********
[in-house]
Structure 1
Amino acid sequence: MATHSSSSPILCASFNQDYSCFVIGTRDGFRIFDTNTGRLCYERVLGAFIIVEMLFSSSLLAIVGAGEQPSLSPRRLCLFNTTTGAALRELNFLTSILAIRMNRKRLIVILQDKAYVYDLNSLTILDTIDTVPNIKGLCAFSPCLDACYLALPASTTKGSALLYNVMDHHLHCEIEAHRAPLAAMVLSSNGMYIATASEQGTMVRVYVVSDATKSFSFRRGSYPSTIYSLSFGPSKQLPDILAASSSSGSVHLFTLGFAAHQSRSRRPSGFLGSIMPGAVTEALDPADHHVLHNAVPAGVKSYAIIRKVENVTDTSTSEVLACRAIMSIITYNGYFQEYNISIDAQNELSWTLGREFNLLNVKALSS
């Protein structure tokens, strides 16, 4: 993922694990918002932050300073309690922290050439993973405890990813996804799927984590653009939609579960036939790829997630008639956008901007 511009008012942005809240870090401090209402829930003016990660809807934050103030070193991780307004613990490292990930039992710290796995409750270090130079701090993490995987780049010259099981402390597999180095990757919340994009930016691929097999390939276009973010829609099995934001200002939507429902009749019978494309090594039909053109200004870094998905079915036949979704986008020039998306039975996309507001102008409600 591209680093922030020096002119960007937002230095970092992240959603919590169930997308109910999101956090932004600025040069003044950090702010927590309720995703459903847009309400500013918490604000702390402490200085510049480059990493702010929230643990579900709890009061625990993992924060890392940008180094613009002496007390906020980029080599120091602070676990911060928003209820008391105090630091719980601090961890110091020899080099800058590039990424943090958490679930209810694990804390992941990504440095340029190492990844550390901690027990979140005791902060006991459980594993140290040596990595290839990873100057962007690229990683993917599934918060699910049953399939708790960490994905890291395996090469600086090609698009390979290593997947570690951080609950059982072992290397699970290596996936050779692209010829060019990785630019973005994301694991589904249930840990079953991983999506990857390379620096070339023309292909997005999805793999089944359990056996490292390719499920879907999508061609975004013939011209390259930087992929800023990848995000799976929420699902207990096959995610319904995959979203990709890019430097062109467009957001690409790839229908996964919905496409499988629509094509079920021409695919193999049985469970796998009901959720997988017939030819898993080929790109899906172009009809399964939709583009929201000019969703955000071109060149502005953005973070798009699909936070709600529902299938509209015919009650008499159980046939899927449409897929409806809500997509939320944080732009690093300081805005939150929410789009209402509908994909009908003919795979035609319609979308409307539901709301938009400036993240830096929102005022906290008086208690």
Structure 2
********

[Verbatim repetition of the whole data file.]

[in-house]
Structure 1
Amino acid sequence: MATHSSSSPILCASFNQDYSCFVIGTRDGFRIFDTNTGRLCYERVLGAFIIVEMLFSSSLLAIVGAGEQPSLSPRRLCLFNTTTGAALRELNFLTSILAIRMNRKRLIVILQDKAYVYDLNSLTILDTIDTVPNIKGLCAFSPCLDACYLALPASTTKGSALLYNVMDHHLHCEIEAHRAPLAAMVLSSNGMYIATASEQGTMVRVYVVSDATKSFSFRRGSYPSTIYSLSFGPSKQLPDILAASSSSGSVHLFTLGFAAHQSRSRRPSGFLGSIMPGAVTEALDPADHHVLHNAVPAGVKSYAIIRKVENVTDTSTSEVLACRAIMSIITYNGYFQEYNISIDAQNELSWTLGREFNLLNVKALSS
């Protein structure tokens, strides 16, 4: 993922694990918002932050300073309690922290050439993973405890990813996804799927984590653009939609579960036939790829997630008639956008901007 511009008012942005809240870090401090209402829930003016990660809807934050103030070193991780307004613990490292990930039992710290796995409750270090130079701090993490995987780049010259099981402390597999180095990757919340994009930016691929097999390939276009973010829609099995934001200002939507429902009749019978494309090594039909053109200004870094998905079915036949979704986008020039998306039975996309507001102008409600 591209680093922030020096002119960007937002230095970092992240959603919590169930997308109910999101956090932004600025040069003044950090702010927590309720995703459903847009309400500013918490604000702390402490200085510049480059990493702010929230643990579900709890009061625990993992924060890392940008180094613009002496007390906020980029080599120091602070676990911060928003209820008391105090630091719980601090961890110091020899080099800058590039990424943090958490679930209810694990804390992941990504440095340029190492990844550390901690027990979140005791902060006991459980594993140290040596990595290839990873100057962007690229990683993917599934918060699910049953399939708790960490994905890291395996090469600086090609698009390979290593997947570690951080609950059982072992290397699970290596996936050779692209010829060019990785630019973005994301694991589904249930840990079953991983999506990857390379620096070339023309292909997005999805793999089944359990056996490292390719499920879907999508061609975004013939011209390259930087992929800023990848995000799976929420699902207990096959995610319904995959979203990709890019430097062109467009957001690409790839229908996964919905496409499988629509094509079920021409695919193999049985469970796998009901959720997988017939030819898993080929790109899906172009009809399964939709583009929201000019969703955000071109060149502005953005973070798009699909936070709600529902299938509209015919009650008499159980046939899927449409897929409806809500997509939320944080732009690093300081805005939150929410789009209402509908994909009908003919795979035609319609979308409307539901709301938009400036993240830096929102005022906290008086208690």
Structure 2